‘Ovarian Psycos’ Highlights the Reasons We Still Need to Take Back the Night

Ovarian Psycos

Written by Katherine Murray. | Ovarian Psycos is screening at the Human Rights Watch Film Festival

A few years ago, I went to a Take Back the Night rally and experienced the joy of walking down a street after dark without feeling afraid. I’ve come to understand how that sounds weird to some men, but almost every woman I know, including me, has at least one story about trying to walk from point A to point B after sundown and being harassed by a stranger. Even in cases where the stranger didn’t do anything violent, we had no way of knowing whether or not he would. It’s not a good sign when someone starts chasing you and won’t back off when you tell him to leave you alone. It makes you scared, and it makes you angry. It makes you think, “Why don’t I have the right to walk two blocks in peace, without having to worry that you’re going to rape me or kill me?”

The Ovarian Psycos is a cycling club for women of color in East Lost Angeles that’s a lot like Take Back the Night. Its purpose is to build a sense of community between local women, but also to draw attention to the fact that women aren’t safe unless they travel in packs. The club hosts several different events, but the ones that get the most attention are the ones where women meet to ride through LA streets at night.

A new documentary from Kate Trumbull-LaValle and Johanna Sokolowski follows the club during a transition in leadership, when one of the founders, Xela, abruptly drops out. Although focus is split between three club members, Xela is arguably the principle character, and the filmmakers spend time uncovering her back story and motivations for starting the club. We learn that she experienced violence and abuse growing up, and felt alone with no one to confide in except a mother who rejected her feelings. Xela wants her daughter to feel like she’s part of a community, with other women in her life who she can turn to, so she started to Ovas, but it seems like engaging with violence against women on a regular basis stirs up memories that are, at times, overwhelming.

The other two members profiled in the film are Andi, who steps up as leader after Xela drops out, and Evie, a new recruit whose mother disapproves of her joining a bike club. Each of them struggles separately with how to make their families understand why this is important and how to make a difference in the community.

As events play out, it’s interesting to watch the internal dynamics of the club – the meetings where they make decisions about recruitment strategies and events are extremely democratic and sometimes emotionally charged – and the filmmakers do a good job of capturing the hard-to-articulate truth that we need to support and protect each other, and that being able to move freely through the streets is a right that’s been stolen from us.

Ovarian Psycos

Ovarian Psycos is structured so that we learn about the purpose and mission of the club before finding out how people on the street react to it, and it’s a little disappointing to learn that the group gets slammed with hateful, ignorant comments on a regular basis. The filmmakers interview a handful of people outside the club, some of whom are completely okay with a bike club for women of color, but they also find one man who works at a bike shop and manages to whitesplain why their club shouldn’t exist (it’s discrimination and not actually in the tradition of the Chicano movement). This is later challenged by a scene where Xela concisely explains intersectionality and how, as a woman of color, it’s hard to find a place in either white feminist or patriarchal Chicano contexts. And, while I’m bummed out that I wouldn’t be able to join this club, I can’t really argue with her logic about why it needs to exist.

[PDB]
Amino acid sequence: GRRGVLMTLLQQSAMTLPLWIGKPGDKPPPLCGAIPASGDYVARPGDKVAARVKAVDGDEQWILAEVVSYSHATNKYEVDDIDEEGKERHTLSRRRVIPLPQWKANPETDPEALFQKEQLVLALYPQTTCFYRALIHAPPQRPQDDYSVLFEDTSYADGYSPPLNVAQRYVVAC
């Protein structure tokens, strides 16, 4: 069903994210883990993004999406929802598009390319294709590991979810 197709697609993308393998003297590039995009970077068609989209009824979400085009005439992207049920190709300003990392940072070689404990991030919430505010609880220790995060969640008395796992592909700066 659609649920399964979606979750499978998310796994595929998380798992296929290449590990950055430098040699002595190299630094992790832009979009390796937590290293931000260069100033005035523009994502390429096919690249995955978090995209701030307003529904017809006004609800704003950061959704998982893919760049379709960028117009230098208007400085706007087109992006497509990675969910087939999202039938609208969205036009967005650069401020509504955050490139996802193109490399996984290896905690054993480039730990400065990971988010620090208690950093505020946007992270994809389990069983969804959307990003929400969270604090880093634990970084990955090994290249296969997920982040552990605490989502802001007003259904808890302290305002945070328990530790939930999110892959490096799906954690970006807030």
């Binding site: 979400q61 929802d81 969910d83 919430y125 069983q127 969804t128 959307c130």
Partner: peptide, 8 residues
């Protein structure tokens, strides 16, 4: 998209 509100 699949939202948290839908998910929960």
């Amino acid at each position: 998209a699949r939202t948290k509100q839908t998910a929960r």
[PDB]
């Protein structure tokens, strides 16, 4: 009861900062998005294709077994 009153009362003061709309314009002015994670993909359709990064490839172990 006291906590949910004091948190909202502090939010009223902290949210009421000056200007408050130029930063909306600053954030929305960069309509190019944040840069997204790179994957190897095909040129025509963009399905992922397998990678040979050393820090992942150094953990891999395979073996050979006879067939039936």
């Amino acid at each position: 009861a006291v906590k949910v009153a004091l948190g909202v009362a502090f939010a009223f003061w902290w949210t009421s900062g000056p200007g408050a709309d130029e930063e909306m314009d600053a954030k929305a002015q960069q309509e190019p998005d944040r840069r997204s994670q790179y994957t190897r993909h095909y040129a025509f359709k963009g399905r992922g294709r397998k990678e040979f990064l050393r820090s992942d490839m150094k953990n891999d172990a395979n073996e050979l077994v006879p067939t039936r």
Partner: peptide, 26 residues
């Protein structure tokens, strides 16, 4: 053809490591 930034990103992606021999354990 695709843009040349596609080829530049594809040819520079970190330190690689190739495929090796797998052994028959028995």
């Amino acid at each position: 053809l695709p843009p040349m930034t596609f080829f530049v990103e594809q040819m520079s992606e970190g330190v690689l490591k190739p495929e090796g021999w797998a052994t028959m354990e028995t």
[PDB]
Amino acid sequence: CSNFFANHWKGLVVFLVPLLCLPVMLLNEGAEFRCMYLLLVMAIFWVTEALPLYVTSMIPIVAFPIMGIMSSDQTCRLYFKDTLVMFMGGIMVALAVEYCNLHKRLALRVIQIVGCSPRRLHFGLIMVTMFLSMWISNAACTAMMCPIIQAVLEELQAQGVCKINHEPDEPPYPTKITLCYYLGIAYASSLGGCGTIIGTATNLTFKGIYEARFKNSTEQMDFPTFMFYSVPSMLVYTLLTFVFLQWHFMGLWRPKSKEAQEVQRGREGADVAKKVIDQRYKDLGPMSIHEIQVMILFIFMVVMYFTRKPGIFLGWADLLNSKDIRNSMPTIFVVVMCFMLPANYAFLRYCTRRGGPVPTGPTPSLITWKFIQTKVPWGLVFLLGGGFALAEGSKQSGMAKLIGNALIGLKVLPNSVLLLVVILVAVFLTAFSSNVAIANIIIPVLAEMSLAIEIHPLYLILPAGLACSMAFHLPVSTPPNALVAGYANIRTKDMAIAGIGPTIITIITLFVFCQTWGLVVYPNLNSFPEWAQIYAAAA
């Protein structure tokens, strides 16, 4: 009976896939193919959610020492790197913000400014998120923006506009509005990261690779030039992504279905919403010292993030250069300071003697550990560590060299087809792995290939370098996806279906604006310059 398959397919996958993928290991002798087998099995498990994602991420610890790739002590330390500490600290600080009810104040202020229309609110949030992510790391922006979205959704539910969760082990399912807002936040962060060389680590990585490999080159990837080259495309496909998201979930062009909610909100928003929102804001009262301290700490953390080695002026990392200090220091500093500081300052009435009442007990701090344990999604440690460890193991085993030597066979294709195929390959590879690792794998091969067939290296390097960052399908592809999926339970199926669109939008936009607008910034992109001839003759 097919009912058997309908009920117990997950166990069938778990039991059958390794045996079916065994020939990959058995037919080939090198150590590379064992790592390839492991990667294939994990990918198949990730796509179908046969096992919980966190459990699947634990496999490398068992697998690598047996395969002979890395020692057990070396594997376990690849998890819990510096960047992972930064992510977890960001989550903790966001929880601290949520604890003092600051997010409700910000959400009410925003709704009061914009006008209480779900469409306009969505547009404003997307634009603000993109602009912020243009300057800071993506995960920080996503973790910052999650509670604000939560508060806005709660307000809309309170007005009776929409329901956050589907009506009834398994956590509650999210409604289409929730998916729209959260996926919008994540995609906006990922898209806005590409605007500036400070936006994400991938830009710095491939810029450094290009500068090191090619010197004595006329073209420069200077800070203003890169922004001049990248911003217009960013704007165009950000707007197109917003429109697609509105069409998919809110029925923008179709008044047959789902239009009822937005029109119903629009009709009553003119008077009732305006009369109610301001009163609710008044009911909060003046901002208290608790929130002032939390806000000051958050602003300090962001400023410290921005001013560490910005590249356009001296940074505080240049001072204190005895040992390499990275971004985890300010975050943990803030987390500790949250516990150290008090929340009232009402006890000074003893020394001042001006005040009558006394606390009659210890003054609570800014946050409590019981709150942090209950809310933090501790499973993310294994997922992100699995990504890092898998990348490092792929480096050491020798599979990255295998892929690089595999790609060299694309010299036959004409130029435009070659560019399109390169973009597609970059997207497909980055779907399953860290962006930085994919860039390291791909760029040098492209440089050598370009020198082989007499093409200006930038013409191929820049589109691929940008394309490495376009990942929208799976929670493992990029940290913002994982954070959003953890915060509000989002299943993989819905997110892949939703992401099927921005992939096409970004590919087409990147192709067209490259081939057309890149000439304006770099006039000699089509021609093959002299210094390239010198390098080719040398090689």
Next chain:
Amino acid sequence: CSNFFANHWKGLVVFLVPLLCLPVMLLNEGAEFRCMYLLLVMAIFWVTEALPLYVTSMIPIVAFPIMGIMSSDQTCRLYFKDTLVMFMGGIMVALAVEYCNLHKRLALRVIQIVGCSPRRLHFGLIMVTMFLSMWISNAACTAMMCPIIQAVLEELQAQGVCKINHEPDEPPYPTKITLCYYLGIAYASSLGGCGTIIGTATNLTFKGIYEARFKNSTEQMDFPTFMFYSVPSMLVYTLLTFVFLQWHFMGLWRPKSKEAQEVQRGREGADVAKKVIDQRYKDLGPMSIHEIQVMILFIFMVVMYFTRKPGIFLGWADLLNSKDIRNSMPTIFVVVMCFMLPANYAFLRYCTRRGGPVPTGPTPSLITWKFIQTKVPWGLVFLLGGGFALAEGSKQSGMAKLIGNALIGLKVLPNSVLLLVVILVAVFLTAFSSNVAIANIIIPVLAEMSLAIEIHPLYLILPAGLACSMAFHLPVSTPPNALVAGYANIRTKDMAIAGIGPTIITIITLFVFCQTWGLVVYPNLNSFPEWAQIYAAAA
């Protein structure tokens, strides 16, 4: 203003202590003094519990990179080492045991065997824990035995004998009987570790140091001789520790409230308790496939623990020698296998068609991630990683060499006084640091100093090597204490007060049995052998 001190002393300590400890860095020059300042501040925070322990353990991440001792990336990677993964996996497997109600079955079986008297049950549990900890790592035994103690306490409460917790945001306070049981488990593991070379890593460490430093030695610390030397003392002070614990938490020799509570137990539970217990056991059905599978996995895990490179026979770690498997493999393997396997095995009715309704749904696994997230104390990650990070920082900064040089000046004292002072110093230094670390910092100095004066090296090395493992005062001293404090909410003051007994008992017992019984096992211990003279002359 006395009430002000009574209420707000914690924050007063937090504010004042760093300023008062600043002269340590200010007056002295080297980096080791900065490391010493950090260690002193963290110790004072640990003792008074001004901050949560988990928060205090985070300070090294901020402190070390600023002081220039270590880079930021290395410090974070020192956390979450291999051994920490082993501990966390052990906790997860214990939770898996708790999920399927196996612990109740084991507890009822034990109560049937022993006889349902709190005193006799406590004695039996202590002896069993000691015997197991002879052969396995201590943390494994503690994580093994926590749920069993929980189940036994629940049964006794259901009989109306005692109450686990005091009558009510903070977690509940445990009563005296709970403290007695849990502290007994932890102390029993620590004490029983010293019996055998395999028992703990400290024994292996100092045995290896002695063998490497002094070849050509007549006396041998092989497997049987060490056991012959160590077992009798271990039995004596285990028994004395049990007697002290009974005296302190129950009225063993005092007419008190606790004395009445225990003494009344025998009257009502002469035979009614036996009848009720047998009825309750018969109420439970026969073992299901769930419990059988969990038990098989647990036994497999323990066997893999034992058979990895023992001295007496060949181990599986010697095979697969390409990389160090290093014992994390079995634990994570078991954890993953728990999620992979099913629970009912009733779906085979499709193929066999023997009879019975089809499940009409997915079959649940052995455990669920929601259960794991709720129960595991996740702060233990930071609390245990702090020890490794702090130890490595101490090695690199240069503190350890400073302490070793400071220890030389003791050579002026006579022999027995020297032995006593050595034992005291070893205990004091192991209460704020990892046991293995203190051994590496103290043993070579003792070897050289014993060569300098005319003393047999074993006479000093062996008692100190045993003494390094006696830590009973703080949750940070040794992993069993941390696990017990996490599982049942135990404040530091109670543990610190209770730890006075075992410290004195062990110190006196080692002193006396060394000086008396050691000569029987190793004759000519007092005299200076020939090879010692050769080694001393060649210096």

What’s frustrating, as ever, is the realization that some people have been able to live their whole lives without realizing that this is a problem. Either because they’ve always been able to walk from point A to point B, or because they’re used to the idea that men attack women like jackals whenever they find us alone. That isn’t a mindset that’s helping anyone – it reduces men to predatory animals and implies that there’s no way to make gender-based violence stop – but it’s the mindset you find whenever someone says, “Why do you need a bike club for women at all?”

Ovarian Psycos answers the question of why you need a bike club for women, and specifically, in East LA, why you need a bike club for women of color. One of the less-explored, but very interesting aspects of the club is that Xela and some of the other members seem to have a desire to reconnect with pre-colonial indigenous Mexican traditions. I’ll confess my own ignorance and say that it never occurred to me that would be an important part of Latinx identity, but it makes complete sense, and I would happily watch another documentary just about that.

All together, the film captures something true and beautiful about the power of grassroots organizing, and the idea that regular people can band together and try to create change. The frustration of being misunderstood and misrepresented in media is part of the package, but there is a real sense that these women have found something meaningful in this club and formed strong connections. They have the opportunity to be leaders, and it’s an opportunity that they created for themselves out of virtually nothing.

There are still people who’ll say, “How is riding your bike at night supposed to do anything for women’s rights?” but it does a lot if it reminds you what it feels like to be free, and how far we have to go before we get there.

Katherine Murray is a Toronto-based writer who yells about movies, TV and video games on her blog.